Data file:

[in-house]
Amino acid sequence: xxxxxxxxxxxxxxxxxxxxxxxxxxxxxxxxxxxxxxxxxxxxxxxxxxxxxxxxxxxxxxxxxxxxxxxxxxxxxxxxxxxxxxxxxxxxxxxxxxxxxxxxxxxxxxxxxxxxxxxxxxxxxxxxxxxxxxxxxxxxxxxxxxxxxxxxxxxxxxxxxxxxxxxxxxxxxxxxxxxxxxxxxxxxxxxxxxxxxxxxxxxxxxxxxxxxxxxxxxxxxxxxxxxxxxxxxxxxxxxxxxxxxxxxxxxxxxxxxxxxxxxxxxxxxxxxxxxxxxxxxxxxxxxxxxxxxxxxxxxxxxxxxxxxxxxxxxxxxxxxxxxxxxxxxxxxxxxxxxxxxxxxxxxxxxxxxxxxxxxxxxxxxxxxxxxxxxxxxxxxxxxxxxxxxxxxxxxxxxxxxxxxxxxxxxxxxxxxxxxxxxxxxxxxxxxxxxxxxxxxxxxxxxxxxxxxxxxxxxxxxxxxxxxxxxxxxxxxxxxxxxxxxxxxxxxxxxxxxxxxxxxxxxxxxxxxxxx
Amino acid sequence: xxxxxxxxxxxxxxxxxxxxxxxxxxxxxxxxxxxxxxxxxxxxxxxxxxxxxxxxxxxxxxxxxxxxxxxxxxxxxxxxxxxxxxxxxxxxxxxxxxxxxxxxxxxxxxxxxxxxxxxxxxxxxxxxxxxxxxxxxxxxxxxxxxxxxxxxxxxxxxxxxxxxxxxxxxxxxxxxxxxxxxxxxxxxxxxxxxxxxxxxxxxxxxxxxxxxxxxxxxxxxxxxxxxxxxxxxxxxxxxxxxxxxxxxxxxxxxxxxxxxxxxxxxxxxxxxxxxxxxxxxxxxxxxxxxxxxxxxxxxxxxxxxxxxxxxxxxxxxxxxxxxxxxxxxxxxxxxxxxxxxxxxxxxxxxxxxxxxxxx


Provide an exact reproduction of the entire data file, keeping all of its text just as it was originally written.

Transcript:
[in-house]
Amino acid sequence: xxxxxxxxxxxxxxxxxxxxxxxxxxxxxxxxxxxxxxxxxxxxxxxxxxxxxxxxxxxxxxxxxxxxxxxxxxxxxxxxxxxxxxxxxxxxxxxxxxxxxxxxxxxxxxxxxxxxxxxxxxxxxxxxxxxxxxxxxxxxxxxxxxxxxxxxxxxxxxxxxxxxxxxxxxxxxxxxxxxxxxxxxxxxxxxxxxxxxxxxxxxxxxxxxxxxxxxxxxxxxxxxxxxxxxxxxxxxxxxxxxxxxxxxxxxxxxxxxxxxxxxxxxxxxxxxxxxxxxxxxxxxxxxxxxxxxxxxxxxxxxxxxxxxxxxxxxxxxxxxxxxxxxxxxxxxxxxxxxxxxxxxxxxxxxxxxxxxxxxxxxxxxxxxxxxxxxxxxxxxxxxxxxxxxxxxxxxxxxxxxxxxxxxxxxxxxxxxxxxxxxxxxxxxxxxxxxxxxxxxxxxxxxxxxxxxxxxxxxxxxxxxxxxxxxxxxxxxxxxxxxxxxxxxxxxxxxxxxxxxxxxxxxxxxxxxxxx
Amino acid sequence: xxxxxxxxxxxxxxxxxxxxxxxxxxxxxxxxxxxxxxxxxxxxxxxxxxxxxxxxxxxxxxxxxxxxxxxxxxxxxxxxxxxxxxxxxxxxxxxxxxxxxxxxxxxxxxxxxxxxxxxxxxxxxxxxxxxxxxxxxxxxxxxxxxxxxxxxxxxxxxxxxxxxxxxxxxxxxxxxxxxxxxxxxxxxxxxxxxxxxxxxxxxxxxxxxxxxxxxxxxxxxxxxxxxxxxxxxxxxxxxxxxxxxxxxxxxxxxxxxxxxxxxxxxxxxxxxxxxxxxxxxxxxxxxxxxxxxxxxxxxxxxxxxxxxxxxxxxxxxxxxxxxxxxxxxxxxxxxxxxxxxxxxxxxxxxxxxxxxxxx